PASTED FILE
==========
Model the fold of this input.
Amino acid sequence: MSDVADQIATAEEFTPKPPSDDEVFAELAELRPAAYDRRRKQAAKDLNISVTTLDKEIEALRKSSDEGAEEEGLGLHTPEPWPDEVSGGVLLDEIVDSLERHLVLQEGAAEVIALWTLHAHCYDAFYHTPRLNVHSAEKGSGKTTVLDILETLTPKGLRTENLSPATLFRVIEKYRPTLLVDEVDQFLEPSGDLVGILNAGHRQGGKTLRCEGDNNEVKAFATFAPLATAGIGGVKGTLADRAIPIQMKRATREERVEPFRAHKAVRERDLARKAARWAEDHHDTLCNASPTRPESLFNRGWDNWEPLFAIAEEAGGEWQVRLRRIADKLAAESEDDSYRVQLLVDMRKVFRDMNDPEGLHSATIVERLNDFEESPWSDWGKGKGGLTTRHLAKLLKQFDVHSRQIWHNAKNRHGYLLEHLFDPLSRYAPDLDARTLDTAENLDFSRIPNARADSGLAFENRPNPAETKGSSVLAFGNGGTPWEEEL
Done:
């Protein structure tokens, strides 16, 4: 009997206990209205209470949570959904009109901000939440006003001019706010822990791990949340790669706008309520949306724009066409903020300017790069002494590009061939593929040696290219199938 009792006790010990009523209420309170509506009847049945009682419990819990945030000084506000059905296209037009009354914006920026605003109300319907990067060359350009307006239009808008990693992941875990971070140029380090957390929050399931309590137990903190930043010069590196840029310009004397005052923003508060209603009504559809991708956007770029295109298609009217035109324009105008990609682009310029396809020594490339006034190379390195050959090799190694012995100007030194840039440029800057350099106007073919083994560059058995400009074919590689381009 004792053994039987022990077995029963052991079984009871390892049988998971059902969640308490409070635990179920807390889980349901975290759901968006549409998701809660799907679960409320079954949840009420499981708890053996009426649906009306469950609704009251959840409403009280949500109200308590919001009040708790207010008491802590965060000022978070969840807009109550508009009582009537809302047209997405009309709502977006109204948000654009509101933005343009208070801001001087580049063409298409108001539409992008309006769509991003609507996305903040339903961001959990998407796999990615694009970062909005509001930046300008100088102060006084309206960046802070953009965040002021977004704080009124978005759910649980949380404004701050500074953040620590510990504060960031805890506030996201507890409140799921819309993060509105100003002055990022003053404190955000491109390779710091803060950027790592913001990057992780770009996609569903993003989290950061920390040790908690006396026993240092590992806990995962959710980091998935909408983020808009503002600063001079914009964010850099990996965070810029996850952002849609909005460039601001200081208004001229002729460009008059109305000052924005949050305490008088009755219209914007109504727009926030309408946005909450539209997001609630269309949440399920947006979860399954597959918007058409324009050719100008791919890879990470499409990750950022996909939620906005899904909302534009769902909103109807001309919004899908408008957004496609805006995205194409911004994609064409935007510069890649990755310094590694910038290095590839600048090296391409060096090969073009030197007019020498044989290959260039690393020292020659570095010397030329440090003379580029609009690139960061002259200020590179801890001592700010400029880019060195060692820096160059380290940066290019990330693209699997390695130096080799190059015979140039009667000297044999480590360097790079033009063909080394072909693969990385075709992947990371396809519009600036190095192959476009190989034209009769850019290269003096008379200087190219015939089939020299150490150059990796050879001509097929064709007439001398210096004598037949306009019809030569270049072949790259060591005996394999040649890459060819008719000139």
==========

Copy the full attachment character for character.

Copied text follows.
Model the fold of this input.
Amino acid sequence: MSDVADQIATAEEFTPKPPSDDEVFAELAELRPAAYDRRRKQAAKDLNISVTTLDKEIEALRKSSDEGAEEEGLGLHTPEPWPDEVSGGVLLDEIVDSLERHLVLQEGAAEVIALWTLHAHCYDAFYHTPRLNVHSAEKGSGKTTVLDILETLTPKGLRTENLSPATLFRVIEKYRPTLLVDEVDQFLEPSGDLVGILNAGHRQGGKTLRCEGDNNEVKAFATFAPLATAGIGGVKGTLADRAIPIQMKRATREERVEPFRAHKAVRERDLARKAARWAEDHHDTLCNASPTRPESLFNRGWDNWEPLFAIAEEAGGEWQVRLRRIADKLAAESEDDSYRVQLLVDMRKVFRDMNDPEGLHSATIVERLNDFEESPWSDWGKGKGGLTTRHLAKLLKQFDVHSRQIWHNAKNRHGYLLEHLFDPLSRYAPDLDARTLDTAENLDFSRIPNARADSGLAFENRPNPAETKGSSVLAFGNGGTPWEEEL
Done:
């Protein structure tokens, strides 16, 4: 009997206990209205209470949570959904009109901000939440006003001019706010822990791990949340790669706008309520949306724009066409903020300017790069002494590009061939593929040696290219199938 009792006790010990009523209420309170509506009847049945009682419990819990945030000084506000059905296209037009009354914006920026605003109300319907990067060359350009307006239009808008990693992941875990971070140029380090957390929050399931309590137990903190930043010069590196840029310009004397005052923003508060209603009504559809991708956007770029295109298609009217035109324009105008990609682009310029396809020594490339006034190379390195050959090799190694012995100007030194840039440029800057350099106007073919083994560059058995400009074919590689381009 004792053994039987022990077995029963052991079984009871390892049988998971059902969640308490409070635990179920807390889980349901975290759901968006549409998701809660799907679960409320079954949840009420499981708890053996009426649906009306469950609704009251959840409403009280949500109200308590919001009040708790207010008491802590965060000022978070969840807009109550508009009582009537809302047209997405009309709502977006109204948000654009509101933005343009208070801001001087580049063409298409108001539409992008309006769509991003609507996305903040339903961001959990998407796999990615694009970062909005509001930046300008100088102060006084309206960046802070953009965040002021977004704080009124978005759910649980949380404004701050500074953040620590510990504060960031805890506030996201507890409140799921819309993060509105100003002055990022003053404190955000491109390779710091803060950027790592913001990057992780770009996609569903993003989290950061920390040790908690006396026993240092590992806990995962959710980091998935909408983020808009503002600063001079914009964010850099990996965070810029996850952002849609909005460039601001200081208004001229002729460009008059109305000052924005949050305490008088009755219209914007109504727009926030309408946005909450539209997001609630269309949440399920947006979860399954597959918007058409324009050719100008791919890879990470499409990750950022996909939620906005899904909302534009769902909103109807001309919004899908408008957004496609805006995205194409911004994609064409935007510069890649990755310094590694910038290095590839600048090296391409060096090969073009030197007019020498044989290959260039690393020292020659570095010397030329440090003379580029609009690139960061002259200020590179801890001592700010400029880019060195060692820096160059380290940066290019990330693209699997390695130096080799190059015979140039009667000297044999480590360097790079033009063909080394072909693969990385075709992947990371396809519009600036190095192959476009190989034209009769850019290269003096008379200087190219015939089939020299150490150059990796050879001509097929064709007439001398210096004598037949306009019809030569270049072949790259060591005996394999040649890459060819008719000139």